Translation of an Ancient Chinese Poem

I recall my Chigong teacher telling us that, by way of what we in the West call calligraphy, well intended words of healing would be written on fans, and healthy Chi would also be put into the fan, so that whenever the owner uses it, the Chi and information would be transmitted to them. It was taught to us as a legitimate healing technique, but in this poem, words of love have been written on a fan by a woman, and given to her lover, you might say in the “Summer” of their love:

RESENTFUL SONG

White silk of Chi, newly torn out,
Spotlessly pure as frozen snow,
Cut to make a fan of conjoined happiness,
Round as the moon at its brightest,
It is ever in and out of my master’s sleeve,
And its movement makes a gentle breeze,
But oft I fear with the Autumn’s coming
When cold blasts drive away the torrid heat,
It will be cast aside into a chest,
And love in mid-course will end.

(? Pan Chieh-Yu)

 

~

Hand Painted Sacred Symbols

It occurred to me that the watercolour with salt technique I’ve been developing would look good with well known sacred symbols, since the effect definitely makes me think of what we refer to as the formless void, where limitless Chi awaits to be manifested into form and structure.

The pink lotus was the first one I thought of, since water is indeed symbolic of the void, and the lotus blooms on the surface of the murky water. The blue could be symbolic of the “blues”, or of peace.

Pink lotus on blue painting

 

Next on the list was the Yin and Yang symbol, otherwise known as Taiji.

Yin Yang on blue painting 001

I thought that I pretty much knew what this symbol was all about, but when you do the actual drawing, you learn some interesting things:

  • It actually contains five circles, and three centres.
  • For those that think this symbol justifies the view that there are no straight lines in nature, it might help to consider the vertical axis which aligns the centres of the two small circles.
  • When looked at as a line drawing, devoid of any black or white, it’s easy to see that the two circles which form the heads of the yin and yang look very similar to a double wave form, or double helix.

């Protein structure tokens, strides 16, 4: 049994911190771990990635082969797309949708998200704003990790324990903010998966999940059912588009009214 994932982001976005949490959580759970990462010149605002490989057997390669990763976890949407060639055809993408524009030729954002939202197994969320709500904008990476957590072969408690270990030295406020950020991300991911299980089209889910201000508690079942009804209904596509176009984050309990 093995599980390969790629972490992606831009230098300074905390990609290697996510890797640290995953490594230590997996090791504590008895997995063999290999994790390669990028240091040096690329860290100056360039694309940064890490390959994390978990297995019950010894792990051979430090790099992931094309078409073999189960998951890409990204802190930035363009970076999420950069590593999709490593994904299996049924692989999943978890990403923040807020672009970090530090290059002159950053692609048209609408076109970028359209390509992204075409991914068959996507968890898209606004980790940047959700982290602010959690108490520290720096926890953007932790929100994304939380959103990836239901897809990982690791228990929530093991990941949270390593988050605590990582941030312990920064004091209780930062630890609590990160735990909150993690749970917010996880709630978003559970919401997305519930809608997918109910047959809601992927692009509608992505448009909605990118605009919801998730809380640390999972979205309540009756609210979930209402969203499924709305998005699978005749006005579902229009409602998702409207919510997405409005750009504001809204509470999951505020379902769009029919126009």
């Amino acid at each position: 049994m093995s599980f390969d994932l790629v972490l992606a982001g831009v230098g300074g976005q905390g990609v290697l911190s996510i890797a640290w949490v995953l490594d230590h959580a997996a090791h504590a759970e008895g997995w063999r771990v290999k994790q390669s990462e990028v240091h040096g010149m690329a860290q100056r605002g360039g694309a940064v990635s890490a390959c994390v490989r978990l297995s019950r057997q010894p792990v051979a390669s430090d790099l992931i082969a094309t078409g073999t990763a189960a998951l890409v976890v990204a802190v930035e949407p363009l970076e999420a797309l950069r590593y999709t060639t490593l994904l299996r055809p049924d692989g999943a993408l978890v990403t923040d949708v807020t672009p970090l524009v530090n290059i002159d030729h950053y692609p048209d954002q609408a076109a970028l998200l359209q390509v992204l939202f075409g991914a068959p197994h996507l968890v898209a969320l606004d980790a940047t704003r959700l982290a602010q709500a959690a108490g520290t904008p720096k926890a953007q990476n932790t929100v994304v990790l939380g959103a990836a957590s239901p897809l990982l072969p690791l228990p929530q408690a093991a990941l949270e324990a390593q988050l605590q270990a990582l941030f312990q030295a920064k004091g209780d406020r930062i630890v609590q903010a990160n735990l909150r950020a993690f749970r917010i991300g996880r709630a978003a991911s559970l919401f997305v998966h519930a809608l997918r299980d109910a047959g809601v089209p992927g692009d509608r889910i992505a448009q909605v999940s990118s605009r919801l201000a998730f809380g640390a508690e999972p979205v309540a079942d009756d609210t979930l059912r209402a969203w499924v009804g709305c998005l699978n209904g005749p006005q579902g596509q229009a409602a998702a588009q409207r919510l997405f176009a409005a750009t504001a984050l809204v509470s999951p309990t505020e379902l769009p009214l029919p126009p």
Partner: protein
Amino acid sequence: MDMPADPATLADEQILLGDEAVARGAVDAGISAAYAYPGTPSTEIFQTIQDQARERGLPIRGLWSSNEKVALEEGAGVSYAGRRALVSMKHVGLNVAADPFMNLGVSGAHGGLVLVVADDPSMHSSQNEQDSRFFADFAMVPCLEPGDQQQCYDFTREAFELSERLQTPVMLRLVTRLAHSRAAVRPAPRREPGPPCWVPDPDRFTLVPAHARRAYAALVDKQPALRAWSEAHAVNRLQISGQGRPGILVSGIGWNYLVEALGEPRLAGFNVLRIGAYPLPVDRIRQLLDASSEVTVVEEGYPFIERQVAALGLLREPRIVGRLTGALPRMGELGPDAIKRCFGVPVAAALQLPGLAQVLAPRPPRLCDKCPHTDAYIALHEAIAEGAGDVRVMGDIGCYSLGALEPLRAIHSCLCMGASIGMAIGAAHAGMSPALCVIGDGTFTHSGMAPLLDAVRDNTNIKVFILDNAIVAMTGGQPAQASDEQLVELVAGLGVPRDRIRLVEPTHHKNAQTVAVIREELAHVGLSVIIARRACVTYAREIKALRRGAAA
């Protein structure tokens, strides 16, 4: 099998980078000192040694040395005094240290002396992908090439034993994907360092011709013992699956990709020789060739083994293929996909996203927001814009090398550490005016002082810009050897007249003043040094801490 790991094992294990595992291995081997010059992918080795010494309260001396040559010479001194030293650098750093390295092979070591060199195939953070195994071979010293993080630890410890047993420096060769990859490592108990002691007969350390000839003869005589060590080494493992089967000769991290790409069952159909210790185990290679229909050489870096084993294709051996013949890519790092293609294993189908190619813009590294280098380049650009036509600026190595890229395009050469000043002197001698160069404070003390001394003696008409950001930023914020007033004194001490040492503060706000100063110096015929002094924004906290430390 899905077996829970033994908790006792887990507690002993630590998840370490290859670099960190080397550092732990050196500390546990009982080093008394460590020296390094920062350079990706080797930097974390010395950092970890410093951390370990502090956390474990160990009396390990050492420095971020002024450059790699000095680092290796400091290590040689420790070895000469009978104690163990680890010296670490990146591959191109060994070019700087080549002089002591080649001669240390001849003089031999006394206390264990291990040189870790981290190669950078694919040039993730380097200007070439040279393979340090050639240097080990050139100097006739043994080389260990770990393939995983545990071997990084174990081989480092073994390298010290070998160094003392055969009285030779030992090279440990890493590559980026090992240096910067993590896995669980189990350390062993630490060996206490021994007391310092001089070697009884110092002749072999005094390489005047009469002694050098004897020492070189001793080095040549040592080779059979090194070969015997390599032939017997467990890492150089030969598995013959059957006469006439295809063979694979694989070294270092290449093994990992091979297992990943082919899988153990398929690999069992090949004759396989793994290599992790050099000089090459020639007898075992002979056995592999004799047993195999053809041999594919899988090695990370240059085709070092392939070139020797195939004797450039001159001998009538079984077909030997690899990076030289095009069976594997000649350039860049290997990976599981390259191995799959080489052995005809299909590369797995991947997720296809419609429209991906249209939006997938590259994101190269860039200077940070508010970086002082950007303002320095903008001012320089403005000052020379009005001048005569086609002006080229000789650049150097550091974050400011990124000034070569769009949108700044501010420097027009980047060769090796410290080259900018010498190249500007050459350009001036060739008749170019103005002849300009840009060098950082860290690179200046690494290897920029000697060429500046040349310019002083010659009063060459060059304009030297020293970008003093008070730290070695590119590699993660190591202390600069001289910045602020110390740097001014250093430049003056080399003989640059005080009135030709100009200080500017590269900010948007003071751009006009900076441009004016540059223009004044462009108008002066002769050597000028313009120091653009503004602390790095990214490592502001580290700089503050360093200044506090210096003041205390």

yin yang design

 

Picking Up the Pieces

Having been diagnosed with Sjogren’s Syndrome, and having researched into all of the horrible things it can do to a person, I sunk into a depression which probably lasted for two to three months. I remember the song going around and around in my head at the time, with its catchy line “Don’t it always seem to go that you don’t know what you’ve got ’till it’s gone?”. Yep, this is the one:

When you’re down, everything about the world looks stupid, empty, horrible, unfair, and oppressive.

I was fortunate at the time to be reading Carlos Castaneda’s Journey to Ixtlan, which gave me a fresh perspective on things. The Toltec concept of the Warrior is that a warrior thrives on challenges, and is an “artist of spirit” who is concerned primarily with the pursuit and preservation of energy. ¬†They believe that I warrior firstly must accept his/her fate (which is ultimately death), And once that fate has been accepted, then the warrior can commit the ultimate audacity of attempting to change it.

I now had a different song lyric going around and around in my head. It was “I know the pieces fit, ’cause I watched them fall away.”:

I forgot to mention that I had just been through a break up only months prior to getting the diagnosis, and Schism seems to be division both between male and female, but also a kind of divorce from the spirit.

In Toltec terms, spirit, and god mean the same thing as “intent”, and shamanic healing requires the mastery of intent to gather and direct “energy”.

There were no shamans around little old Christchurch, but a friend had told me about his learning Chigong, the ancient Chinese healing art, and told me of the Master who taught him, Yuan Tze, and that this man was coming to town and doing individual healings. I went along and spent about 30 minutes explaining my health problem to him, as he sat across from me, gazing attentively but dispassionately.

He told me that if I learn and practise Zhineng Chigong, then my symptoms would gradually ease over time, until ceasing altogether. He then got me to stand and close my eyes as he did some healing chigong on me. I remember the feeling of my body warming up as he was doing it. I then signed up for a six session tutorial on how to do the first method of Zhineng Chigong, known as “Lift Chi Up, Pour Chi Down”, as well as “wall squats” and “stretching chi”. Within a month I had noticed improvement, so I kept on attending weekly lessons and practises, and was amazed at how many challenging little techniques there were to learn.

Aside from that I was slowly learning how to deal with my symptoms, by breaking them down and dealing with them one at a time. I hadn’t heard this song back then, but it sums up the process very well: